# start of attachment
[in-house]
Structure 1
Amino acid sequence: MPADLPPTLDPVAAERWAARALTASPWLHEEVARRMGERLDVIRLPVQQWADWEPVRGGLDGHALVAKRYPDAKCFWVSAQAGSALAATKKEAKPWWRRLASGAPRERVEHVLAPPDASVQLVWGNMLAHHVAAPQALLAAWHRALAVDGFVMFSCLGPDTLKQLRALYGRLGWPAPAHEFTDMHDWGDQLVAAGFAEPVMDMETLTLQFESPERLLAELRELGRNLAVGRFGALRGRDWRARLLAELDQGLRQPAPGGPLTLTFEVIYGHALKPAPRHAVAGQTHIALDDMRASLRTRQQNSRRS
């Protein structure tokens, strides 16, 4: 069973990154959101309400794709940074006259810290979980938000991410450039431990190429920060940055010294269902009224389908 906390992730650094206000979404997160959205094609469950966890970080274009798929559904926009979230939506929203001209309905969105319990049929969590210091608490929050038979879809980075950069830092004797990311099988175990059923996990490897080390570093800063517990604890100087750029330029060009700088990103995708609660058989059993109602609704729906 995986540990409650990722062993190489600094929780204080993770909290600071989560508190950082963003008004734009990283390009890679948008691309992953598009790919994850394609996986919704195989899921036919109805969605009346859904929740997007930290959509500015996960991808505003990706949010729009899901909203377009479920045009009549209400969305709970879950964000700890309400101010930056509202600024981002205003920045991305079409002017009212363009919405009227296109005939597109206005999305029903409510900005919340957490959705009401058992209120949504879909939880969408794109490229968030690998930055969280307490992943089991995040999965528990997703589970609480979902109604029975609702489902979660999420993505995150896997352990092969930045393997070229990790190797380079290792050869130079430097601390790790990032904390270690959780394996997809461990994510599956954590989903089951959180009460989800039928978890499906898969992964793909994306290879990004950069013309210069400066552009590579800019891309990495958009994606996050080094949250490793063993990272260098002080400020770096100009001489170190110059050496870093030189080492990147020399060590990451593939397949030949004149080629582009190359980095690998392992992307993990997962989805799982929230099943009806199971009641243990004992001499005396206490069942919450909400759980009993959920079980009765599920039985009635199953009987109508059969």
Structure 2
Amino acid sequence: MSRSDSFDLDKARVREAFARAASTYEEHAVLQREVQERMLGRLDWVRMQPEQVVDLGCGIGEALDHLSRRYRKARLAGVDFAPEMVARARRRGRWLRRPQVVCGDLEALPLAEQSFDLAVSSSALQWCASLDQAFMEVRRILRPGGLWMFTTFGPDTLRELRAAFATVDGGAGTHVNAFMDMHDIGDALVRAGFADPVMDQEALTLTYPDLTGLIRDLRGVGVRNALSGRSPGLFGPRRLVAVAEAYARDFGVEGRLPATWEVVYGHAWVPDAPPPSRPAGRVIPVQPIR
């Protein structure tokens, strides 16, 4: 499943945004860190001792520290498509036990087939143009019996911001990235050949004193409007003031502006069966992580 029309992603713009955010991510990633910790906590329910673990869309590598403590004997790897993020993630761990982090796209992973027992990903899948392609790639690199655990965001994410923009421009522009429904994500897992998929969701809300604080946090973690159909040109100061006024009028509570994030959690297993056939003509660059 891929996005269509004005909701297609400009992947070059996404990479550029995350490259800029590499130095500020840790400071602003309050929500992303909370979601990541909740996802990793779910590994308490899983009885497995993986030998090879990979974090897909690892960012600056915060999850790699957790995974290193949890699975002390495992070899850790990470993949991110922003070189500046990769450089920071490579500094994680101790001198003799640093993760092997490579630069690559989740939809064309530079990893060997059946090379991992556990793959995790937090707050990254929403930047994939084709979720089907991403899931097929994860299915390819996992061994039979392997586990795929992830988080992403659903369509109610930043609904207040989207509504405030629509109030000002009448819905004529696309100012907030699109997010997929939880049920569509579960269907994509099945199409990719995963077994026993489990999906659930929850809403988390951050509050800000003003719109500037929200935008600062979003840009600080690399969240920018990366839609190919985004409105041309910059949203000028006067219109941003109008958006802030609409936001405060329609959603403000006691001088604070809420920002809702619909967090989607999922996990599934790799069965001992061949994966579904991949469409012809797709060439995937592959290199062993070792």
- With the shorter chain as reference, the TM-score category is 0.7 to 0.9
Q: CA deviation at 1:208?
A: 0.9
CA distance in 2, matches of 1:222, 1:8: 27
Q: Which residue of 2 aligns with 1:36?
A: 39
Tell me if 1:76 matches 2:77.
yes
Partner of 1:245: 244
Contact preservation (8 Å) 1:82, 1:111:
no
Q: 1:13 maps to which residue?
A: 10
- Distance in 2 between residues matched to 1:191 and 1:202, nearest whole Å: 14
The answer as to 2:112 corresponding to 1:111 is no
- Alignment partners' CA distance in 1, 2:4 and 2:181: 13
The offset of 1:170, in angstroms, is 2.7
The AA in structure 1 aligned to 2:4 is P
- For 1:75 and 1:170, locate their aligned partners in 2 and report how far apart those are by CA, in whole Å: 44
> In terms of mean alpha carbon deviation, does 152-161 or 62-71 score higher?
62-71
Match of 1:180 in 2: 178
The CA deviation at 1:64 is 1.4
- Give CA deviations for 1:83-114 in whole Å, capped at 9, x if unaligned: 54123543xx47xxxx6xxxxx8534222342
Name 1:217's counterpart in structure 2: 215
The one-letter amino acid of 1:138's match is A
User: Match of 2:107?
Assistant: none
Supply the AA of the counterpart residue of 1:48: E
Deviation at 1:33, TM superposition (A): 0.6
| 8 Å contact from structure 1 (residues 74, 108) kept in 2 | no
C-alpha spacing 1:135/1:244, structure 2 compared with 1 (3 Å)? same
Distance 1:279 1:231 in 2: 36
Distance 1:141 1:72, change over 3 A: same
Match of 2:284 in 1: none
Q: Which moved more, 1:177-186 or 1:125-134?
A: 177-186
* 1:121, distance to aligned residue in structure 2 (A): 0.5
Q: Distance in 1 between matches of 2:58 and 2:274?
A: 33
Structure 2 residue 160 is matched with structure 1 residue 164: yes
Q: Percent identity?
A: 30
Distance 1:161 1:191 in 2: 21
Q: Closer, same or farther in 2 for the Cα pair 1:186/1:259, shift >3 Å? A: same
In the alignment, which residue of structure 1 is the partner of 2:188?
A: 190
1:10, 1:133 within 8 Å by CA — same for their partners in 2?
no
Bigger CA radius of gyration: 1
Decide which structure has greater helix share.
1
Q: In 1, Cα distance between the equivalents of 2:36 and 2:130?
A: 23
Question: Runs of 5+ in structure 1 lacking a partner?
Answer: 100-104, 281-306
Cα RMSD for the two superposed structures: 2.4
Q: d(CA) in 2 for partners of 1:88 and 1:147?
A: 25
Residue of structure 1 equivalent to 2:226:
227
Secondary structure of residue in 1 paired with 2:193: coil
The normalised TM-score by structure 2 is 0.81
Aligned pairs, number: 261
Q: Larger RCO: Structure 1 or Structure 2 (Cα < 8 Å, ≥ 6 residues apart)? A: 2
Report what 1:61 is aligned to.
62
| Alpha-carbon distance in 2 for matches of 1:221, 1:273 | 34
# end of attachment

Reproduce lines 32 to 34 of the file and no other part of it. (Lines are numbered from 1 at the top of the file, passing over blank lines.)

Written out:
Name 1:217's counterpart in structure 2: 215
The one-letter amino acid of 1:138's match is A
User: Match of 2:107?